The University of Connecticut’s Campaign School for Social Workers has been hosting workshops for social workers across the U.S. for twenty-five years. Taught through the lens of social work’s professional values and the Code of Ethics, this workshop allows attendees to learn about the power of politics from political insiders and experts. Specifically, this workshop outlines strategies for social workers to use to support their candidacy for political office. The workshop also highlights the importance of social workers’ participation in the political process and discusses ways that social workers can be politically active and advocate for social change even without running for office.
This year the Campaign School hosted a two-day workshop at UNC Wilmington. With support from three groups at the UNC School of Social Work, 12 UNC MSW students were able to attend the workshop.
One of the authors of this post, Sammy Salkin (she/her), a first year MSW candidate at Chapel Hill, was in attendance. Sammy shared the following reflections on this event:
For me, this conference was an extremely exciting opportunity. Typically when people think of social work, they think of direct practice. There are tons and tons of different opportunities for direct practice students, but sometimes finding examples of the type of work that macro social workers can engage in is more challenging. As a macro social work student in the Community Management, Policy and Practice program who is interested in policy development and advocacy, learning more about the political process was an invaluable experience. The Campaign School helped me to better understand the role that social workers can play in politics. I appreciated the discussion around the numerous ways to be involved with policy advocacy other than just running for office. The Campaign School explored other ways to be politically active, such as volunteering for campaigns. It was also incredibly helpful and inspiring to meet other macro social workers who are actively engaged in politics. Attending the Campaign School helped me better conceptualize the ways in which I can use my MSW to advocate for social change through policy creation and advocacy.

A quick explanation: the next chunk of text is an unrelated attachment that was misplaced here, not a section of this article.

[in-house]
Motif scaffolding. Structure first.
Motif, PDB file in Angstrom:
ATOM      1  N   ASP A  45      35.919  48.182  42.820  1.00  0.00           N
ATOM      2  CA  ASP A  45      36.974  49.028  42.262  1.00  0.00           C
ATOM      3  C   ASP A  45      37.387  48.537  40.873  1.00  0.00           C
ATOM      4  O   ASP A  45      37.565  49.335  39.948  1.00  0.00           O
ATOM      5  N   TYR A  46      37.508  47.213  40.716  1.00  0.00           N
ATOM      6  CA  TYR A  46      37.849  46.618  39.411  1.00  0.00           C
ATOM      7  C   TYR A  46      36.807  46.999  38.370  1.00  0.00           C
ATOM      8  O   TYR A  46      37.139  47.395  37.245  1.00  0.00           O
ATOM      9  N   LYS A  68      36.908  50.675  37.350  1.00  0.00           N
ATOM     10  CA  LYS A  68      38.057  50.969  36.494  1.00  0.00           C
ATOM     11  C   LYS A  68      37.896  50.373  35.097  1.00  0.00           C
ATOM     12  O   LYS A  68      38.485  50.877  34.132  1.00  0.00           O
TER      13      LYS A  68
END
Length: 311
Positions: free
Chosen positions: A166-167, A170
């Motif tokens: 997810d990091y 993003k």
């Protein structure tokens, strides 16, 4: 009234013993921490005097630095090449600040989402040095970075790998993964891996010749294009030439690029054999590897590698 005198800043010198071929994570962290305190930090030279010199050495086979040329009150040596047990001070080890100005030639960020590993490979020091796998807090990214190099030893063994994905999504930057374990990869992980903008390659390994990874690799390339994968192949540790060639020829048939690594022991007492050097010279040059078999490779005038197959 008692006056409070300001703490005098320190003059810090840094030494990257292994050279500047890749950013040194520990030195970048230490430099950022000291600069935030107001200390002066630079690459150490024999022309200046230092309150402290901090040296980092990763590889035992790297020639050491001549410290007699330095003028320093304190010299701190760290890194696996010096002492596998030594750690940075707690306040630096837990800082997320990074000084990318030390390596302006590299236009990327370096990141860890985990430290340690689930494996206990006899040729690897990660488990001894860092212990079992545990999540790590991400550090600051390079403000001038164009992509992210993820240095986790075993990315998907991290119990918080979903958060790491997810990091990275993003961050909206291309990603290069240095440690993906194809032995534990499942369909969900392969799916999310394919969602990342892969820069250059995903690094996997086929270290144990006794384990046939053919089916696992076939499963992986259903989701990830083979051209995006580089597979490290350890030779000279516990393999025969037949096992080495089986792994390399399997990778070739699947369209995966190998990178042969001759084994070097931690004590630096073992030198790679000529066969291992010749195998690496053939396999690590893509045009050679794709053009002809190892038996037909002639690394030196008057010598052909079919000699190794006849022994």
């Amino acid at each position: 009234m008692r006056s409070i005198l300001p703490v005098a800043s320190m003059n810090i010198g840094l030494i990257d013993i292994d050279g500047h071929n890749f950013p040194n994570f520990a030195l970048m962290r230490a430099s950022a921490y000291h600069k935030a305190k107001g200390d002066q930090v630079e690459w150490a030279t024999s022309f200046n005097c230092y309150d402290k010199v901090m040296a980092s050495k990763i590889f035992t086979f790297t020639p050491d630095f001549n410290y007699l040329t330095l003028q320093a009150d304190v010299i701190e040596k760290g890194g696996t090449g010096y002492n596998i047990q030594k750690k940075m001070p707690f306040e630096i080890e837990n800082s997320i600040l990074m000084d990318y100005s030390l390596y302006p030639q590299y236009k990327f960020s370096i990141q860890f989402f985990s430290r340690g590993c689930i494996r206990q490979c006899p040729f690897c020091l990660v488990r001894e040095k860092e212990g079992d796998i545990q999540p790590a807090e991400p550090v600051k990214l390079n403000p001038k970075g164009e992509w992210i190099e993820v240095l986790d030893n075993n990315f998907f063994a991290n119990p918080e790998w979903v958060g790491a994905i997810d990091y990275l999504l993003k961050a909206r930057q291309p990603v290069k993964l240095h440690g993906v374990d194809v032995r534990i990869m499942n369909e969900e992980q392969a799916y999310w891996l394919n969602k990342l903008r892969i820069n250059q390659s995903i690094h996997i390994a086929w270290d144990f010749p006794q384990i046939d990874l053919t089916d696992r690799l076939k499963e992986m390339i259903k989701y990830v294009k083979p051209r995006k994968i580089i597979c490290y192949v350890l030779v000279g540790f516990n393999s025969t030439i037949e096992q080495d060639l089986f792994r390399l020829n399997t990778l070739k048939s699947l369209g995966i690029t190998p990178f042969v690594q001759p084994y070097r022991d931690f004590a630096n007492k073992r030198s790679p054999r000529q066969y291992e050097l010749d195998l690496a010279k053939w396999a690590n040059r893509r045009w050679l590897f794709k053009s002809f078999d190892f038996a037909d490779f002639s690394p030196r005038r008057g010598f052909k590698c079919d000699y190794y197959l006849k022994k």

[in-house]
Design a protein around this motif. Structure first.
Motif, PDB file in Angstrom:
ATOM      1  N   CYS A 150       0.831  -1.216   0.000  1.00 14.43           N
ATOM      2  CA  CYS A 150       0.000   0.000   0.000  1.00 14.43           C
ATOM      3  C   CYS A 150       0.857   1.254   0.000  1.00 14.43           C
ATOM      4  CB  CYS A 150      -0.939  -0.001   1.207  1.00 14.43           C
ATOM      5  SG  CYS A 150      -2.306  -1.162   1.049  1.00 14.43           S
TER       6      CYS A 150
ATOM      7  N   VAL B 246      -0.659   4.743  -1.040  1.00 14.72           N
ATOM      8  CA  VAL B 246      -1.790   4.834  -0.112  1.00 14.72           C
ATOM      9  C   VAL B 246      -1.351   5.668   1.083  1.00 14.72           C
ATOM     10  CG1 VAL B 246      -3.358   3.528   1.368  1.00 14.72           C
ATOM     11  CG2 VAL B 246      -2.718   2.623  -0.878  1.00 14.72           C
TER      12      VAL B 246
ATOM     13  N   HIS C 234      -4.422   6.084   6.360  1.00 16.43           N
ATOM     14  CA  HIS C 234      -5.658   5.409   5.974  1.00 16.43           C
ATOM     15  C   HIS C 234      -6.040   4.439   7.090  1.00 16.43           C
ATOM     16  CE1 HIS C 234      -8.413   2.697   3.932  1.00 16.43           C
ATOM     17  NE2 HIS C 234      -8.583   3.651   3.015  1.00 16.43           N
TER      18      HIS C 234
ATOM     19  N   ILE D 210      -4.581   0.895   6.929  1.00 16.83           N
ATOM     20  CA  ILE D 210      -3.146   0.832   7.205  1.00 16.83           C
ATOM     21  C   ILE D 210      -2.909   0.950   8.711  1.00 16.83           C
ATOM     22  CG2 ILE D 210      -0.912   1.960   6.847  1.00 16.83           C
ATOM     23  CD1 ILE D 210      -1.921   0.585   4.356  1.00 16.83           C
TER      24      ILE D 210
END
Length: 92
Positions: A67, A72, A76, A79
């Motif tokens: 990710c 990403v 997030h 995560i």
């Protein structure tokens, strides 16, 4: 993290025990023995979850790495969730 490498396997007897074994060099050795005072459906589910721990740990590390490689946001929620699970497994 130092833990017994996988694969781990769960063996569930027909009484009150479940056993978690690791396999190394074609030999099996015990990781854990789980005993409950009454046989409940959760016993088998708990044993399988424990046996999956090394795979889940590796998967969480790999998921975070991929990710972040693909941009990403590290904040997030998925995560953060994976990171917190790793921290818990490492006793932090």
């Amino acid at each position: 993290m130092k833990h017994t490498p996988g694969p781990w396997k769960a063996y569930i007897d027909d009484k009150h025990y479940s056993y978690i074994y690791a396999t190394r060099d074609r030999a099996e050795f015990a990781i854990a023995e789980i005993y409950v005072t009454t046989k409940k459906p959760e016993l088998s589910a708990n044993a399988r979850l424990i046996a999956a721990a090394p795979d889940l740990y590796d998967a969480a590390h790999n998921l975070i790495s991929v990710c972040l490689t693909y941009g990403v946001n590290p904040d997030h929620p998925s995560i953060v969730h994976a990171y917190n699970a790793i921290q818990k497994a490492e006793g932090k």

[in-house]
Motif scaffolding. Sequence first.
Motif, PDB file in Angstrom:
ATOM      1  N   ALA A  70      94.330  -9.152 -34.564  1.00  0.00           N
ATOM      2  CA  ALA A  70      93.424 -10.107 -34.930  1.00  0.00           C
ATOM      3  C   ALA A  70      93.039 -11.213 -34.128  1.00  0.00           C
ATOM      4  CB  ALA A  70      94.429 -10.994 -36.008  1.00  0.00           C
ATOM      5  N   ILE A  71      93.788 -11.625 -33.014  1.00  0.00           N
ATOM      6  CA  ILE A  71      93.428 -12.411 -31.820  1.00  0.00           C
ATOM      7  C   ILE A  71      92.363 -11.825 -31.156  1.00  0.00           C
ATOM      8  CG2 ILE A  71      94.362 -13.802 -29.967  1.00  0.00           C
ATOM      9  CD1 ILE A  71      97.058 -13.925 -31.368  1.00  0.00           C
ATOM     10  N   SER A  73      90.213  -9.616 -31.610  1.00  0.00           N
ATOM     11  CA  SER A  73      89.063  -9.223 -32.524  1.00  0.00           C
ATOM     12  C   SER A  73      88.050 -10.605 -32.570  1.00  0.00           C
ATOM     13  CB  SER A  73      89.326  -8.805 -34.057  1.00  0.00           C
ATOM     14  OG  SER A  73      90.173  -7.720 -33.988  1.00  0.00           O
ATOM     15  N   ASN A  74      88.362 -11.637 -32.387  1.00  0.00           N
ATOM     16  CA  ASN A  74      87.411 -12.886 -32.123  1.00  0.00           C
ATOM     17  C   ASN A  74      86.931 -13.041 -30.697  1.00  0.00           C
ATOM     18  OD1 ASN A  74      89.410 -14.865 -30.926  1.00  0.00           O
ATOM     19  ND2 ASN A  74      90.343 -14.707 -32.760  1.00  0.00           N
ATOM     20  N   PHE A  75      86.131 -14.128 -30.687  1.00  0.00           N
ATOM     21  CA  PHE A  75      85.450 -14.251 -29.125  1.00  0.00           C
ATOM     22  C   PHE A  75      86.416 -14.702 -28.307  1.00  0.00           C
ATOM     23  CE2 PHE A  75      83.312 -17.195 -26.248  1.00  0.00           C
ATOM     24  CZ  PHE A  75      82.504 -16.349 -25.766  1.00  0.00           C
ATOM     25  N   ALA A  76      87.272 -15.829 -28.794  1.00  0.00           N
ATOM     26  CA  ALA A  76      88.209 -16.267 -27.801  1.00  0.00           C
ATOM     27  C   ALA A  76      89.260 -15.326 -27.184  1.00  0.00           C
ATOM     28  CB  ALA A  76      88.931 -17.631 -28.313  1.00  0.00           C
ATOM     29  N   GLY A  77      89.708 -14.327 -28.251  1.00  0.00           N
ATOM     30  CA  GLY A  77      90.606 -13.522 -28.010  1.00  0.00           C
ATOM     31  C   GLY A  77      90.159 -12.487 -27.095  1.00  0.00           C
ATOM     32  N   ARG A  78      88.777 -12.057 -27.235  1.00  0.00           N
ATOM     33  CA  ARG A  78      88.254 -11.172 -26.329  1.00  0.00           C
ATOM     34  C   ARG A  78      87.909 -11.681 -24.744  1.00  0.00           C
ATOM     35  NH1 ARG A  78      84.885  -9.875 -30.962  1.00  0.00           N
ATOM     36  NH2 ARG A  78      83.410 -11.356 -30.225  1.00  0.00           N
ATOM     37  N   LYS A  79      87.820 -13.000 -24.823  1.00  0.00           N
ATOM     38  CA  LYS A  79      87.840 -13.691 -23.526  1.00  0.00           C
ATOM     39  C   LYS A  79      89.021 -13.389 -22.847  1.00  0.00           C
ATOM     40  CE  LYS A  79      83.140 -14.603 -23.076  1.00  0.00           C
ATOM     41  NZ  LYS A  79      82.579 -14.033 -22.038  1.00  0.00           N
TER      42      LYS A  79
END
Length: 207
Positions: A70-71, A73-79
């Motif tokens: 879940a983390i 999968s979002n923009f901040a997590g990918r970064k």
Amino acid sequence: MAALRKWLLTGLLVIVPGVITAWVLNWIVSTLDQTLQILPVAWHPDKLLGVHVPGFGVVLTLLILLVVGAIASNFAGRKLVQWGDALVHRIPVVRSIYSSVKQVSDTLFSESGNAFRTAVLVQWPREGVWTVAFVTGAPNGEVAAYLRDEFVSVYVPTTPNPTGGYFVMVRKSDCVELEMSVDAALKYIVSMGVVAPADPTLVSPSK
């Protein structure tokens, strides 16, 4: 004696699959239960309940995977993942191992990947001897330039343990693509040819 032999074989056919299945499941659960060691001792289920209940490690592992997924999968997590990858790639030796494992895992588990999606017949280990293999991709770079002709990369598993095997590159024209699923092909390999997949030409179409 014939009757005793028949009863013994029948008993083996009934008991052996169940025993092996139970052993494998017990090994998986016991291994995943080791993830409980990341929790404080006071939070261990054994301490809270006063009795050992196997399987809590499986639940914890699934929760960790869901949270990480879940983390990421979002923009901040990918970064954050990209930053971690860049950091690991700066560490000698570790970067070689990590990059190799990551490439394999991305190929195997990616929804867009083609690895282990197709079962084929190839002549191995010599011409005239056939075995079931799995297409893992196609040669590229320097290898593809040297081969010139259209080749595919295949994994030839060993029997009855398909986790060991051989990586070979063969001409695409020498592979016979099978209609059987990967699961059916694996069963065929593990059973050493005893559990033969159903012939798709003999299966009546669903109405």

Toni Howell (they/she), also attended the event:
The University of Connecticut’s Campaign School for Social Workers was an informative, networking, and skill-building opportunity that strengthened my knowledge of social work’s role in American politics, policy work, and advocacy. While I am not personally interested in running for office, the skills I took away from the event regarding network building, fundraising, goal implementation, social media presence, and tips for succinctly communicating ideas will complement my future career endeavors. One of my favorite aspects of the event was the ability to meet, hear from, and engage with local North Carolina politicians who are also social workers. In addition, I appreciated the emphasis on “Voting is Social Work” and the accompanying resources and materials provided to educate oneself on local politics and support voter recruitment and engagement. While there were many great features of the event, there were some areas for improvement.
To start, I left the event wishing that the content for Day 1 (tips for running a campaign) and Day 2 (Social Work’s role in politics) had been presented in reverse. In addition, there were aspects of the event that felt isolating to marginalized groups regarding accessibility (COVID precautions) and offered event facilities (absence of gender-inclusive bathroom options). The event facilitators had a process for evaluation and feedback, which helped address these concerns. I hope that all feedback will be reviewed and responded to accordingly because the topic and information presented are critically important. This event is undoubtedly catered toward social workers (current or aspiring) who are interested in running in or assisting political campaigns. However, there are ample skills and information provided that could benefit anyone regardless of interests and career aspirations. Thank you so much to the Jordan Institute for Families, the Social Innovation and Entrepreneurship Lab and the UNC School of Social Work for providing funding and support to enable participation in this event!